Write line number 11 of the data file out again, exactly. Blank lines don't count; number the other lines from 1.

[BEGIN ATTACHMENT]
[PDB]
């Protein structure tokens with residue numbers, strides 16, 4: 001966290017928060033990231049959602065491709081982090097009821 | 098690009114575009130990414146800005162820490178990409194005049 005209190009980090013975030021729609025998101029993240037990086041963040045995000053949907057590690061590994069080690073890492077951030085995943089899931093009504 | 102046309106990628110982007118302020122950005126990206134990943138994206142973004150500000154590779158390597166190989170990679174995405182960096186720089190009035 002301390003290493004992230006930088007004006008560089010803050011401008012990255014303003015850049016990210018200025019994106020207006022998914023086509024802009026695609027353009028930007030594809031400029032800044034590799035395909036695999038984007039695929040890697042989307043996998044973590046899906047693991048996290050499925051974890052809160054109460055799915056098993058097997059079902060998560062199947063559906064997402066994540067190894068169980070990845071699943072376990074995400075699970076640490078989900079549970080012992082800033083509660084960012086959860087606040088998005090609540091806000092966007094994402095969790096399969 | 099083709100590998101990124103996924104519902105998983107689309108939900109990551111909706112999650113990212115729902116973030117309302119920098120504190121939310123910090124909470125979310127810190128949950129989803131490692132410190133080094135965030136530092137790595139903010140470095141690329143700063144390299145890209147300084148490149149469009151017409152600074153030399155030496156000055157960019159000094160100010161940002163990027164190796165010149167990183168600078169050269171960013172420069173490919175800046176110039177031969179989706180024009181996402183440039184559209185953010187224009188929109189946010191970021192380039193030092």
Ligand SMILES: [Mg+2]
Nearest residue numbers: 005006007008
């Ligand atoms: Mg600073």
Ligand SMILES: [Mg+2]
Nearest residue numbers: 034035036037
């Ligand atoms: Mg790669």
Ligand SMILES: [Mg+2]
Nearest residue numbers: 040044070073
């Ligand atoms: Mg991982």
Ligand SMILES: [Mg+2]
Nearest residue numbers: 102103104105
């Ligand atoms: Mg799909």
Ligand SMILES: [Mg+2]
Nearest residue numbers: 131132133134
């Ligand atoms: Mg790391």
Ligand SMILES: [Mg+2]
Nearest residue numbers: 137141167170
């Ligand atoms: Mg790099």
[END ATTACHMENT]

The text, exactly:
């Ligand atoms: Mg991982």